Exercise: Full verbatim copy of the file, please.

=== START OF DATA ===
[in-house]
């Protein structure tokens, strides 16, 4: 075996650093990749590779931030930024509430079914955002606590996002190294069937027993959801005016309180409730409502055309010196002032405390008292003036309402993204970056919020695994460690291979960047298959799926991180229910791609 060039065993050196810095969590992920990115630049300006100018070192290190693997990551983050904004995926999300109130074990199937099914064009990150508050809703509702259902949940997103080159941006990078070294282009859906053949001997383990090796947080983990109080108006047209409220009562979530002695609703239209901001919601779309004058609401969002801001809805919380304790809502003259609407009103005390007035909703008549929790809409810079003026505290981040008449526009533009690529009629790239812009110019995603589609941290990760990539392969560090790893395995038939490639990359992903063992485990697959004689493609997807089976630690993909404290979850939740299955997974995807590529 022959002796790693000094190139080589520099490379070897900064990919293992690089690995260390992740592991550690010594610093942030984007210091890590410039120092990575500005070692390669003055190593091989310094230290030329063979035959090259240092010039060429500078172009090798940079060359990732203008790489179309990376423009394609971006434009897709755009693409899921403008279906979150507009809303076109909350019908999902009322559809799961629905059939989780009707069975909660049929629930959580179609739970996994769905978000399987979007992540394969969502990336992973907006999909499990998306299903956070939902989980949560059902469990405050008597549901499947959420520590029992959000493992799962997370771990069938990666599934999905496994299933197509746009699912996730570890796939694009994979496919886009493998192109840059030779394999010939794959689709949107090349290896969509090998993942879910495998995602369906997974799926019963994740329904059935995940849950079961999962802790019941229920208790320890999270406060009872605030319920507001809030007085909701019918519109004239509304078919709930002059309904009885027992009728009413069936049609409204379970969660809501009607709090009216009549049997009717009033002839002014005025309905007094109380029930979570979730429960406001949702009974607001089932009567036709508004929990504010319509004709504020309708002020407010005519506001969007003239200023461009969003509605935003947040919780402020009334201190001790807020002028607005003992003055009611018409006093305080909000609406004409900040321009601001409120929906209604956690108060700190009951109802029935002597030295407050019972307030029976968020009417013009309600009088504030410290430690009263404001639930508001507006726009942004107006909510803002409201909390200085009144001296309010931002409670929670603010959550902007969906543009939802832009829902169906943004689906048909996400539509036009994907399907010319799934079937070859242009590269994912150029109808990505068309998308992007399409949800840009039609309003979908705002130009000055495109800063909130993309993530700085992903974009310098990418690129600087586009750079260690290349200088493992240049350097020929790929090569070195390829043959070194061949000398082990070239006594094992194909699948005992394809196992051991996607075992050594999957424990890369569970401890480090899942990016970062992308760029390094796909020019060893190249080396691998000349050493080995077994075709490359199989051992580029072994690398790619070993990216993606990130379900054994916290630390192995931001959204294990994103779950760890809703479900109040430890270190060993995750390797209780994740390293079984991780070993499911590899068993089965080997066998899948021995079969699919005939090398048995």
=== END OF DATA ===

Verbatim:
[in-house]
């Protein structure tokens, strides 16, 4: 075996650093990749590779931030930024509430079914955002606590996002190294069937027993959801005016309180409730409502055309010196002032405390008292003036309402993204970056919020695994460690291979960047298959799926991180229910791609 060039065993050196810095969590992920990115630049300006100018070192290190693997990551983050904004995926999300109130074990199937099914064009990150508050809703509702259902949940997103080159941006990078070294282009859906053949001997383990090796947080983990109080108006047209409220009562979530002695609703239209901001919601779309004058609401969002801001809805919380304790809502003259609407009103005390007035909703008549929790809409810079003026505290981040008449526009533009690529009629790239812009110019995603589609941290990760990539392969560090790893395995038939490639990359992903063992485990697959004689493609997807089976630690993909404290979850939740299955997974995807590529 022959002796790693000094190139080589520099490379070897900064990919293992690089690995260390992740592991550690010594610093942030984007210091890590410039120092990575500005070692390669003055190593091989310094230290030329063979035959090259240092010039060429500078172009090798940079060359990732203008790489179309990376423009394609971006434009897709755009693409899921403008279906979150507009809303076109909350019908999902009322559809799961629905059939989780009707069975909660049929629930959580179609739970996994769905978000399987979007992540394969969502990336992973907006999909499990998306299903956070939902989980949560059902469990405050008597549901499947959420520590029992959000493992799962997370771990069938990666599934999905496994299933197509746009699912996730570890796939694009994979496919886009493998192109840059030779394999010939794959689709949107090349290896969509090998993942879910495998995602369906997974799926019963994740329904059935995940849950079961999962802790019941229920208790320890999270406060009872605030319920507001809030007085909701019918519109004239509304078919709930002059309904009885027992009728009413069936049609409204379970969660809501009607709090009216009549049997009717009033002839002014005025309905007094109380029930979570979730429960406001949702009974607001089932009567036709508004929990504010319509004709504020309708002020407010005519506001969007003239200023461009969003509605935003947040919780402020009334201190001790807020002028607005003992003055009611018409006093305080909000609406004409900040321009601001409120929906209604956690108060700190009951109802029935002597030295407050019972307030029976968020009417013009309600009088504030410290430690009263404001639930508001507006726009942004107006909510803002409201909390200085009144001296309010931002409670929670603010959550902007969906543009939802832009829902169906943004689906048909996400539509036009994907399907010319799934079937070859242009590269994912150029109808990505068309998308992007399409949800840009039609309003979908705002130009000055495109800063909130993309993530700085992903974009310098990418690129600087586009750079260690290349200088493992240049350097020929790929090569070195390829043959070194061949000398082990070239006594094992194909699948005992394809196992051991996607075992050594999957424990890369569970401890480090899942990016970062992308760029390094796909020019060893190249080396691998000349050493080995077994075709490359199989051992580029072994690398790619070993990216993606990130379900054994916290630390192995931001959204294990994103779950760890809703479900109040430890270190060993995750390797209780994740390293079984991780070993499911590899068993089965080997066998899948021995079969699919005939090398048995």